Imagine the words "voulez-vous coucher avec moi?" addressed ironically with a Ukrainian accent by a bunch of female activists - wearing housekeeper uniforms and armed with buckets, mops and other cleaning tools - to the ex-IMF chief Dominique Strauss-Kahn in 2011 in front of his house in Paris.
That was our first meeting with DSK. That time we took a long journey from Kiev to Paris to protest against the dropping of sex assault charges Strauss-Kahn faced after his well publicised encounter with Nafissatou Diallo. A related civil claim was settled out of court and therefore did not proceed.
A few years later, Femen's international team resumed its topless assault against DSK with in connection with the trial in which he and others face charges of aggravated pimping trial. Prepared in our Paris headquarters, the team of French and Spanish topless activists welcomed Strauss-Kahn at the court in the French city of Lille on Tuesday 10 February.
My fellow activists ran on the car that was transporting DSK, shouting "your turn to be f****d" to the man who was a potential candidate for the French presidential elections in 2012.
Climbing on the car, whose license plate ironically ended with the letters SM (sadomasochism), the topless activists screamed slogans in the belief that this whole issue demands the world's attention, not just the alleged activities of DSK. Mr Strauss-Khan denies the allegations and the trial continues in Lille.
Allegedly sexist male political elite
The trial is exciting for the world's media because of DSK's political past and the spectacular crash of his career. But for feminists, particularly in France, this trial is more than just a pleasant opportunity to publicly shame the allegedly sexist male political elite.
The personality of DSK is not that interesting to us but his trial brings a focus for another mission. It is an opportunity to demand the passage of the nearly forgotten bill about the criminalisation of prostitutes' clients, which was passed by France's National Assembly but was unexpectedly rejected by the French Senate a few months later, in July 2014.
At trial DSK will only be found guilty of the charges (which he denies) if it is proved he helped to organise the alleged elite sex orgies knowing that many of the women present were prostitutes as alleged.
With this trial, we return to the question whether clients should be criminalised or not. Whether pimps and clients should have the same legal responsibility or not. And the answer of the majority of the French feminists today is yes. For this reason, a few protests have been held in Paris and Lille, including Femen's attack on DSK and other demonstrations like the gathering in front of the Senate, initiated by a French former prostitute named Rosen.
Our position is clear and direct. We say that prostitution is nothing but the domination of one gender through exploitation, force or lie.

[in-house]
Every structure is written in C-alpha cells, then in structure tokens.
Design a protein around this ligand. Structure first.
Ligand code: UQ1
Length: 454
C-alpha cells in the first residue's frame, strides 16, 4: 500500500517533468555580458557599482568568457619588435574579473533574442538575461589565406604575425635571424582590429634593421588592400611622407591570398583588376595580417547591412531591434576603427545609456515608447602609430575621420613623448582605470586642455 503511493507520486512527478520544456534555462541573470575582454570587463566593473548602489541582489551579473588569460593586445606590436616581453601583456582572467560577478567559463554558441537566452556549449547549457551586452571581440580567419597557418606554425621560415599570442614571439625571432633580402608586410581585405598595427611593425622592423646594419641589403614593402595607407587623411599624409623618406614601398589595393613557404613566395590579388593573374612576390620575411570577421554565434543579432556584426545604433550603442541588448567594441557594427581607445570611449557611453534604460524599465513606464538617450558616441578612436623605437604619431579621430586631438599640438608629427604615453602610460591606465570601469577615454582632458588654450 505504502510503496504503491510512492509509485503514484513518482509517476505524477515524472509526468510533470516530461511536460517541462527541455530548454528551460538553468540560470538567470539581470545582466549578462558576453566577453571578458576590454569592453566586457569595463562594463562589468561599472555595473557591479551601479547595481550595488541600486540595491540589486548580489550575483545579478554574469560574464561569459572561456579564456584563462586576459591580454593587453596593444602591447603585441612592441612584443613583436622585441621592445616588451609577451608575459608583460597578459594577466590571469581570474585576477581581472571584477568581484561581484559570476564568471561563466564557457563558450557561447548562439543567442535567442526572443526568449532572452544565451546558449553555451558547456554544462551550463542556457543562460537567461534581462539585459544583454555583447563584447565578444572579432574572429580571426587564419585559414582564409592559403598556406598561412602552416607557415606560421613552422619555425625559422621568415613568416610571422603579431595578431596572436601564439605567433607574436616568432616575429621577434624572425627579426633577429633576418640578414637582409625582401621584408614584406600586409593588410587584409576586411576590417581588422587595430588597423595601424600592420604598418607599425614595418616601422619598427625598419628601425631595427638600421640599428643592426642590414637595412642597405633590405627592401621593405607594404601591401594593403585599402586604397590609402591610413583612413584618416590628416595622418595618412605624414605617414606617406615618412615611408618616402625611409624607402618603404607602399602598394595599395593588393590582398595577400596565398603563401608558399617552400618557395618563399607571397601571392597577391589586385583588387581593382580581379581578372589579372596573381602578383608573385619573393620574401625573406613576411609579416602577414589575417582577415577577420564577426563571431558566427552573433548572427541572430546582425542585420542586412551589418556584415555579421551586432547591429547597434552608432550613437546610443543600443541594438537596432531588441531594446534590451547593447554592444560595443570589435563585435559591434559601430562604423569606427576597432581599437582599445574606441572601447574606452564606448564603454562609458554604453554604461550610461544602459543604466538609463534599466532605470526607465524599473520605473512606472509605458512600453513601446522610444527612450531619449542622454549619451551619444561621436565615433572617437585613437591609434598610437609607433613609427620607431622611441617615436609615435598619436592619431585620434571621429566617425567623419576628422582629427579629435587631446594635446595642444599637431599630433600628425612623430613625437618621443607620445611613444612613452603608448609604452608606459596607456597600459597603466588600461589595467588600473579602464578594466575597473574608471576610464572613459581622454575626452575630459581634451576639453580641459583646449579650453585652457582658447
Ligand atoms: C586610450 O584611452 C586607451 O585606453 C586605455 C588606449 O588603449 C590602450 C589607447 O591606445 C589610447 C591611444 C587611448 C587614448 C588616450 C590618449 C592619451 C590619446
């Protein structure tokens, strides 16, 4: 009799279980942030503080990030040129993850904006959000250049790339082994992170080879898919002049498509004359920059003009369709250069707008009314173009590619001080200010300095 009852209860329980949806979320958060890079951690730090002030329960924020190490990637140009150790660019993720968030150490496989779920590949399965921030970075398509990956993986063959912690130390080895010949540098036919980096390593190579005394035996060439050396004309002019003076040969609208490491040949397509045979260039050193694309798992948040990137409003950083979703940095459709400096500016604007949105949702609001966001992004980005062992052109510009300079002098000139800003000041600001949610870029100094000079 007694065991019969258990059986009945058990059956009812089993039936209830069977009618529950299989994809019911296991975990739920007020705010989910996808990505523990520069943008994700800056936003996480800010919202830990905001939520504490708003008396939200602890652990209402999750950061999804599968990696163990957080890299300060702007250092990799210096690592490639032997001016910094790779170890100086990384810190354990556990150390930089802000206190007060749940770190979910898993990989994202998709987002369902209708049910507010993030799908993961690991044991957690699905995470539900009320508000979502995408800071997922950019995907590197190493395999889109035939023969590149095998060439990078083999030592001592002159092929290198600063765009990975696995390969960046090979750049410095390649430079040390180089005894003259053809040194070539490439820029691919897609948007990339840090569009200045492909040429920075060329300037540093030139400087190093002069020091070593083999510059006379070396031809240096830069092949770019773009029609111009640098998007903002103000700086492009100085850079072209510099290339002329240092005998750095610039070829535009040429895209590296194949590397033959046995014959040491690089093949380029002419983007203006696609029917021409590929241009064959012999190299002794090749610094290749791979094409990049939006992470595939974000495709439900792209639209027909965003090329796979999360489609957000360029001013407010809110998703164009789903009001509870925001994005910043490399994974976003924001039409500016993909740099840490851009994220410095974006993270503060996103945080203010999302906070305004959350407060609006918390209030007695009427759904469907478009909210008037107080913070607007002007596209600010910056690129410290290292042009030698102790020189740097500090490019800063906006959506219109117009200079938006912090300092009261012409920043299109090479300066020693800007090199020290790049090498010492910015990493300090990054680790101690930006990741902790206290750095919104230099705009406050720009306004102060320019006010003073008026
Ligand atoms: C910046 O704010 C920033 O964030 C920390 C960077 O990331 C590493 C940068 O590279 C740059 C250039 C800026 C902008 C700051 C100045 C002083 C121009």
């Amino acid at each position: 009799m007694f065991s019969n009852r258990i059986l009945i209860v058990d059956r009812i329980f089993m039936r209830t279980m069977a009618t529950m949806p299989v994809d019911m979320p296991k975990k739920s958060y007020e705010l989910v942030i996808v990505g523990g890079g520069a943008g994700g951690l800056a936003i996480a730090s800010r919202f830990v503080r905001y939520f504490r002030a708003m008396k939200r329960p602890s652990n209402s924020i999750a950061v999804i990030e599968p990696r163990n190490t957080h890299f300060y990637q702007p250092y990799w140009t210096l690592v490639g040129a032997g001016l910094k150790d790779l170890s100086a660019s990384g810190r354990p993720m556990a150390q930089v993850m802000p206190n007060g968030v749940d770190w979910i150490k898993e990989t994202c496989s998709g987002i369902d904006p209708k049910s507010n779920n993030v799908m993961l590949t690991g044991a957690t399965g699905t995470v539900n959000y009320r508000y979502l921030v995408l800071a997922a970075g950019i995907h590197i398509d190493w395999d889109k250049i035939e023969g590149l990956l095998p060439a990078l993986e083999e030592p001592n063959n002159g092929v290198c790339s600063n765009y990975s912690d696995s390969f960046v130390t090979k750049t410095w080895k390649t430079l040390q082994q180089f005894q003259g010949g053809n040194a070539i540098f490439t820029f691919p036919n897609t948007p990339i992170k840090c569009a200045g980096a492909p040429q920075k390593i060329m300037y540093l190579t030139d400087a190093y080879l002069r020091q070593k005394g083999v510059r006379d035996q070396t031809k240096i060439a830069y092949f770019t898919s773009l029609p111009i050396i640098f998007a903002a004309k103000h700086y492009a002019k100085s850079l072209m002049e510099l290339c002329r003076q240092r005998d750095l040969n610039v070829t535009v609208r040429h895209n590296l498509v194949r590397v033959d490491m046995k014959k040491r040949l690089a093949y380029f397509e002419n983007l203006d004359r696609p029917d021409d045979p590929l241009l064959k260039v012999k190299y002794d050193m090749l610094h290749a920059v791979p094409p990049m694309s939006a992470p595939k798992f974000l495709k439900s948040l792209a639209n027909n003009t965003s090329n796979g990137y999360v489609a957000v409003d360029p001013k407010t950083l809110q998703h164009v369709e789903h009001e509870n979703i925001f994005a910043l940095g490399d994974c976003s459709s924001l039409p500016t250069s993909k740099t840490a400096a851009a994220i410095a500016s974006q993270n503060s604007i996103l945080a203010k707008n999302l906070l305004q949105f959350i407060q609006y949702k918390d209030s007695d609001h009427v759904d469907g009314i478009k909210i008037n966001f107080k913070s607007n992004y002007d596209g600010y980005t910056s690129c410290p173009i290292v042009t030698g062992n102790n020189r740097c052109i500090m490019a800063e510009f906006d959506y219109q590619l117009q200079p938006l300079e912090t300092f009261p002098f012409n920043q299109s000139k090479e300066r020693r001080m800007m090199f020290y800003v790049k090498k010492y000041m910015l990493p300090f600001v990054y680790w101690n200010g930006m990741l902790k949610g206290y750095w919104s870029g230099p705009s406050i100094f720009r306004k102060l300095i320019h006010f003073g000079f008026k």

Prostitution is male domination in its purest form
This trial should stimulate discussion about alleged misogyny and violence towards women although of course the trial continues and no allegations have been proved. It should be understood that in general terms violence is not only a small part of the sex industry confined to individual cases. Violence is, we say, the nature of the sex industry.
Prostitution is an aspect of male domination in its pure form. The act of prostitution is not an equal sex act as it puts the woman in a subordinate position, reducing her to an instrument for sexual pleasure for the client, who pays money for the dubious privilege. The act of prostitution by definition joins together two forms of social power: sex and money. In both realms men hold substantial and systematic power over women.
Finally, Europe has to escape from its romantic point of view of prostitution as a choice. Just because a small percentage of women choose to become prostitutes can't be the reason to deny the problem of millions. To criminalise the client, together with the pimp, will not take anybody's sexual freedom away, but will simply destroy the patriarchal culture of sex, where men make orders and women follow them.
A global issue
Also, we need to stop looking at prostitution in a national context because it is a global issue that includes human trafficking. It is more often women from poor countries, whether they are from Asia, Africa or Eastern Europe that are working as prostitutes in Western Europe, and this proves the hypocrisy of the argument about "free choice". Prostitution is a job for women that lack the means of financial survival. These women don't have any choice.
To progress and to stop educating new generations with the idea that women can be bought like a supermarket product, we need to say no to prostitution. Sexual exploitation is not a profession. The purchase of women by men has to be forbidden and punished. Men's domination should not be legalised.
By accepting the existence of prostitution on a legal level society is jumping deeper into patriarchy and losing one of the chances to fight it.